Yup, diversification is the answer to harnessing all this newfound craftiness, and what (other than maybe glass-blowing or wood burning) would be more diverse than jewellery-making? I have jars of beach glass just sitting around looking pretty, and we are always looking for excuses to go beach combing, so why not? My mom (who actually knows what she is doing) brought all of her tools and jewellery doodads up for me to try. The girls loved sorting the glass by colours, and I remembered how much I love to touch the glass, that sanded smooth coolness. This finished piece in the photograph is a little rough, but I just love this old piece of pottery and have been wanting to do something with it for ages.

It is not really something I can give away, but it was good practice as the pliers are a bit hard to get used to. I will do a few test pieces to see if I can master the art of the perfect twist.

Probably it is my own petty insecurities speaking up, but I wonder if anyone will LIKE the things I am making. Perhaps people really would rather get the things I buy in the store at the last minute. When I am at the mall I see everyone around me loading up their carts with anything and everything, and I find myself wondering if anyone really needs that stuff. Of course, I should not judge…perhaps they are shopping for the needy, to add to the Salvation Army’s hampers or the Be a Santa to a Lonely Senior program. But probably not.

My own experience tells me that we buy stuff because it makes us feel good. I have always enjoyed buying gifts, thinking about what I could get that would make each one of my friends and family feel happy and loved. This year I am trying a different approach. It makes me happy to create things, and I hope the care I feel for each person will enter into every project, each stitch or detail, even if it is a little off. It’s not perfect, it didn’t come from Wal-Mart, but it sure is interesting.

December is HERE!

Frugality has taken over Christmas this year, and I am loving it. We are all totally caught up in the holiday spirit, and each of us has at least one room that we are now forbidden to enter for various top-secret reasons. We are keeping things as simple as we can out of both necessity and a desire to tone it down and find more meaning in the crazy season that is Christmas in 2011. As a result everyone is enthusiastically crafting and baking and learning many new skills in the process. My husband is hiding out in the basement, from where we can hear copious sawing and hammering well after the girls’ bedtimes. I believe a Playmobil-sized log cabin is in the works. Very cool. I am even KNITTING, the alpaca wool scarf that will probably take a year to complete.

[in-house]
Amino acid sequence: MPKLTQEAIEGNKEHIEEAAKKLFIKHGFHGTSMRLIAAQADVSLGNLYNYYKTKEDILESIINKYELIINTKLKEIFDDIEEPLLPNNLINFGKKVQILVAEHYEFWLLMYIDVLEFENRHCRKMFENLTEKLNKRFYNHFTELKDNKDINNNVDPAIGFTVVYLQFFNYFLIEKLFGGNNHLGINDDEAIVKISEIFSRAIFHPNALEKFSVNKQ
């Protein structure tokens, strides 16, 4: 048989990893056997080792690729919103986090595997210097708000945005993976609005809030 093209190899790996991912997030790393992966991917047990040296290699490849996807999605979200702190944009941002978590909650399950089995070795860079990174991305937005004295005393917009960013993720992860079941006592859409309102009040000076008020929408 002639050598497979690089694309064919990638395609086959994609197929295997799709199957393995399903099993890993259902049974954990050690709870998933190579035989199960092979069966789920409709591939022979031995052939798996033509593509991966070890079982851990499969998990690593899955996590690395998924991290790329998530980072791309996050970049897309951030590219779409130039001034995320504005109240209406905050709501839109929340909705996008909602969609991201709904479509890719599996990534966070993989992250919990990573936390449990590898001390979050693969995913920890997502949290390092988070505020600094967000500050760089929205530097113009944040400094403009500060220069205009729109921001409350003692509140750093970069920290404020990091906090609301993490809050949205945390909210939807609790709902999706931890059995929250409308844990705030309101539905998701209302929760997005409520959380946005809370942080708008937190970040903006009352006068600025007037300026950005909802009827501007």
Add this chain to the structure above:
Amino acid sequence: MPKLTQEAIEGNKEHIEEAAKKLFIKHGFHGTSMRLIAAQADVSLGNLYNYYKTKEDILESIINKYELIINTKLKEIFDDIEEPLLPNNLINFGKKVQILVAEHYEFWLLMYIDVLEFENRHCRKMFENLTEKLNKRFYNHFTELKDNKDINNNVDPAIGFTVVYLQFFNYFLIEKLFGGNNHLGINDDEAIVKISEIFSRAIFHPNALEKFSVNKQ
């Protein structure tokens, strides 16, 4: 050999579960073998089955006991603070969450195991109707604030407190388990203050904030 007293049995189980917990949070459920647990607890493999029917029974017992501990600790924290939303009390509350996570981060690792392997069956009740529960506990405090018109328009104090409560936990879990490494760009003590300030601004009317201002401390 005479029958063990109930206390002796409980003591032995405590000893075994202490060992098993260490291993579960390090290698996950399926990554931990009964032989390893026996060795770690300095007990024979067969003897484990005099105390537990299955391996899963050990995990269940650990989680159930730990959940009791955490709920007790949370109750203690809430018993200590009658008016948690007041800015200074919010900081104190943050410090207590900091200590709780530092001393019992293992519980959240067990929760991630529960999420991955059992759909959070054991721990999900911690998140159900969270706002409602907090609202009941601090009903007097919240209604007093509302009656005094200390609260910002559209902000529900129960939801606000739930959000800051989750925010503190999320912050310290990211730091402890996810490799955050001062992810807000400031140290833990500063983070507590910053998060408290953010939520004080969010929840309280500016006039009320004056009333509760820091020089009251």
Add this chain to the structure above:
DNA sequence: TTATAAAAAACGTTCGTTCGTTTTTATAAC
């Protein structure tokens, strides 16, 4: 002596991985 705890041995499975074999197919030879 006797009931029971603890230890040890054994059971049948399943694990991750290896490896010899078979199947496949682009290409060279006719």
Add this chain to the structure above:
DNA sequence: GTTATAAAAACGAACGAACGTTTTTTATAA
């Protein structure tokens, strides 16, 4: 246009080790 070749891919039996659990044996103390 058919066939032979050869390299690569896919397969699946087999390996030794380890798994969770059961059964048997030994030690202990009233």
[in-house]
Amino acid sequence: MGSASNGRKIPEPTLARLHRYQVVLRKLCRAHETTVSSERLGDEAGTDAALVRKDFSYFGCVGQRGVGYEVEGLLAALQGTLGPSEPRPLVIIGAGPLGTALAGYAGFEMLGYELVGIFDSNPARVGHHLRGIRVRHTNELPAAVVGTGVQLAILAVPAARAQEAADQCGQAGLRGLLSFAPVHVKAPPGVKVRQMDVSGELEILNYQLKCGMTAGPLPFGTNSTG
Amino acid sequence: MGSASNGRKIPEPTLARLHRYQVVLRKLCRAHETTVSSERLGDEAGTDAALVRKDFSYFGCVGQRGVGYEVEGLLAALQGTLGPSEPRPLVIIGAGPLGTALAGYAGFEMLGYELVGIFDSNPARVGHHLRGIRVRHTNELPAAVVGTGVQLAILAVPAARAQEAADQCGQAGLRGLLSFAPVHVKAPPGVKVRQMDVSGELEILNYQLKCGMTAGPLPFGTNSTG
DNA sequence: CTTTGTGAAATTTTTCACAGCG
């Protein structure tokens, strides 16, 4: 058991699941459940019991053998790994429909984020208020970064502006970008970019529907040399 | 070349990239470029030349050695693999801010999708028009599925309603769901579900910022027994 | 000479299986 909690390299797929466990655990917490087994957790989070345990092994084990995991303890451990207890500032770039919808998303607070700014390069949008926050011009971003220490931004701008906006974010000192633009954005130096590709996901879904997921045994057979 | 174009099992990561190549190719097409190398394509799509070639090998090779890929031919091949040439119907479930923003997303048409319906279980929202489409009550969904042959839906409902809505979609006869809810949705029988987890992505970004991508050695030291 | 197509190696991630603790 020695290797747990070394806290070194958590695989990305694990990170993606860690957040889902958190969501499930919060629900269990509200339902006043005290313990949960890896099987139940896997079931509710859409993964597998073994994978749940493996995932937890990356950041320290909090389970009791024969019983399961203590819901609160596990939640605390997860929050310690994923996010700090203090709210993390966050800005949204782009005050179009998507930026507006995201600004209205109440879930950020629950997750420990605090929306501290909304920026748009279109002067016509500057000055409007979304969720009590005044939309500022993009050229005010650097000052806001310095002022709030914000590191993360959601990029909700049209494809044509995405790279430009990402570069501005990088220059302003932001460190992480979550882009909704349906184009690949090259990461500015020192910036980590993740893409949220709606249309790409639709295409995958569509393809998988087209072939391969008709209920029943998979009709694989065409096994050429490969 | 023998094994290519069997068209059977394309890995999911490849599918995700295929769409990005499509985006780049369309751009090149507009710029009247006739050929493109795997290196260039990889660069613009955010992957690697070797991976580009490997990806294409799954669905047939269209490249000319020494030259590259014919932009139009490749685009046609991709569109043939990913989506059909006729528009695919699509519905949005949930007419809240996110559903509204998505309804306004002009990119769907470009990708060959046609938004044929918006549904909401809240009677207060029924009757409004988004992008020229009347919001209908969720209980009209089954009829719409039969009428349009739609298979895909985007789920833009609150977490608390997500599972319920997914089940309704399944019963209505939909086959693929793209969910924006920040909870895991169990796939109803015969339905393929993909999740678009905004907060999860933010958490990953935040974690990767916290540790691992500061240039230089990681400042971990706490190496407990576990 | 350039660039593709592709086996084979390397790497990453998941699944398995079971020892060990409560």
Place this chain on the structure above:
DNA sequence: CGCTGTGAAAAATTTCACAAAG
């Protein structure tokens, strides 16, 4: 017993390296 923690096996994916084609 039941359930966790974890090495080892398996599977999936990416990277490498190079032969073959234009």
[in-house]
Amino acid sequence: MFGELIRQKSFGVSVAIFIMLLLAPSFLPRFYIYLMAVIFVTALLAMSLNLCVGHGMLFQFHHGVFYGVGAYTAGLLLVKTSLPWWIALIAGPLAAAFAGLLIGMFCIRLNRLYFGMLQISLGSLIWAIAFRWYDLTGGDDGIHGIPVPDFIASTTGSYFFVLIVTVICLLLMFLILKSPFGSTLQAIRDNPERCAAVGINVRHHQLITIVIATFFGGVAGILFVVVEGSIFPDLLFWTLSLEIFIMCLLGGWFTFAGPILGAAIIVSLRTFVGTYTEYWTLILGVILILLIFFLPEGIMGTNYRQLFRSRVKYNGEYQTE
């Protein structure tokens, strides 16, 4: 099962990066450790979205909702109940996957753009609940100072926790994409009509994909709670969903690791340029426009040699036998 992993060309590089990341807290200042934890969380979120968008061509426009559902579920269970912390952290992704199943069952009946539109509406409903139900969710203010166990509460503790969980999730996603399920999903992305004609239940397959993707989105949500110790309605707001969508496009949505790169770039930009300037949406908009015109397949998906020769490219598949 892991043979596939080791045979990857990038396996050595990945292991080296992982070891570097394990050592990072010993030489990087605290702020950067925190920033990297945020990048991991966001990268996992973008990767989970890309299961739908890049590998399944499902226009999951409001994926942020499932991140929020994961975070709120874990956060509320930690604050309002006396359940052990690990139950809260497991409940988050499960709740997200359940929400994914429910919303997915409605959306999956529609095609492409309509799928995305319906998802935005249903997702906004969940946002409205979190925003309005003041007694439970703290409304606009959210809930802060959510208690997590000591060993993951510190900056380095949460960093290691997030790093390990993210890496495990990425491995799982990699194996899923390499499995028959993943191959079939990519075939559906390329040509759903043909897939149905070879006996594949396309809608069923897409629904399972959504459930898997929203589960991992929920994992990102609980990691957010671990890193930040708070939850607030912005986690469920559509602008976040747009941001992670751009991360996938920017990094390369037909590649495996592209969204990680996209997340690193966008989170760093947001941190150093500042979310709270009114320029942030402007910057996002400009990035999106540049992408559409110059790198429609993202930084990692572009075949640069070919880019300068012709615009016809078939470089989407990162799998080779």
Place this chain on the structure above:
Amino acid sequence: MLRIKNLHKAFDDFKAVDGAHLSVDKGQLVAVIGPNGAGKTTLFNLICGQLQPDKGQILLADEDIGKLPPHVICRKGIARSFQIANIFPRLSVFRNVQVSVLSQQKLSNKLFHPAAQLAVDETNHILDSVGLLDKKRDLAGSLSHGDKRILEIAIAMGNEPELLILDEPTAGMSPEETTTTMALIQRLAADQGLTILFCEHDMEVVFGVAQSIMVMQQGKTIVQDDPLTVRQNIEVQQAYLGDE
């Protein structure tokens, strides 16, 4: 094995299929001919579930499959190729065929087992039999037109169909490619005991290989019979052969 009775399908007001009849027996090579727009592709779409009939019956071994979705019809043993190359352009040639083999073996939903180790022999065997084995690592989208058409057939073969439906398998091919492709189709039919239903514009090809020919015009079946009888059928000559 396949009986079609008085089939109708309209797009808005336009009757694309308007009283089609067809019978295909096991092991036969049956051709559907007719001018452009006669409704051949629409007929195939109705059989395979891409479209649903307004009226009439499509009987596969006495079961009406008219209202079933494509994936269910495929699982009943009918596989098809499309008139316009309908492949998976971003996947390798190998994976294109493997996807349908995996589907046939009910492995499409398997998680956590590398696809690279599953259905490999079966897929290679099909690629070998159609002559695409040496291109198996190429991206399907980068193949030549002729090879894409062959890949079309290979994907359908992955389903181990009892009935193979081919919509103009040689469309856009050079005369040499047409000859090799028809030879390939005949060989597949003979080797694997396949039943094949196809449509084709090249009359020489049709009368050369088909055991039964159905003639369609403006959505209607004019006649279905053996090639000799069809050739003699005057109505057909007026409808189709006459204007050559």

The scarf that might take all winter to finish.

The ones who are really embracing all of this craftiness are our daughters, who, like all kids, just want to learn and do what the grownups are doing. It has always fascinated me how children are such little sponges, soaking up knowledge and experiences at speeds and levels that boggle the adult mind. Kat, who is a whirling dervish even on a slow day, will sit at the craft table for hours, patiently following the instructions in one of the great craft books I have gotten at the library.  Right now we are loving Big Fun Christmas crafts & activities by Judy Press. Lots of simple projects for crafty but small hands.

Kat actually asked me on the weekend to sit down and knit in the room with her, telling her little sister that this was quiet craft time, not time for being silly. This from a girl who only stops talking and moving when she is sleeping.

I am really not much of a seamstress yet, but I can hand sew just a tiny bit. Last week both of my daughters decided they wanted to learn to sew, so we got out my basket and did a little sewing class. They loved it. I made up a small sewing kit for each of them that has fabric scraps, coloured threads, buttons, and their own needles. Ava, who is four, gets a plastic darning needle, but she doesn’t care and it is much safer. On Sunday we did a project that involved cutting out mini mittens and gingerbread shapes out of fabric, taking two and sewing them together. In the gingerbread case Katherine stuffed him, embellished him with jewels and voila, she has completed her first sewing project. What makes him special is that the fabric came from a little plaid flannel shirt that both girls wore when they were babes.

This gives me all kinds of ideas. We have a closet full of clothes in many sizes, all too small for our girls now. There are certain items that are too dear to give up, just because when I see that item of tiny (well, my giant babies were never REALLY tiny, but small) clothes, I picture the babe in it, with the facial expression, the baby smell, the moment in time, the whole thing. I can’t let that go. But, what I could do is turn that little sweater or flannel overalls into something to keep forever, like a stuffie. A stuffie is a quite irresistible new name for a stuffed animal. First on the chopping block is a pair of supersoft double-sided brown flannel overalls, size 3-6 months. Those will soon become a series of gingerbread men for the tree. Do you love it?? I am loving this idea.

Kat's sewing kit

By the way, I finally got the ginger crinkles baked. Ava and I tackled that today, and the house smelled gloriously spicy and warm. When I took a bite of that cookie, soft and crisp at the same time, it was pure pleasure. Thanks, Nanny. You baked the best cookies!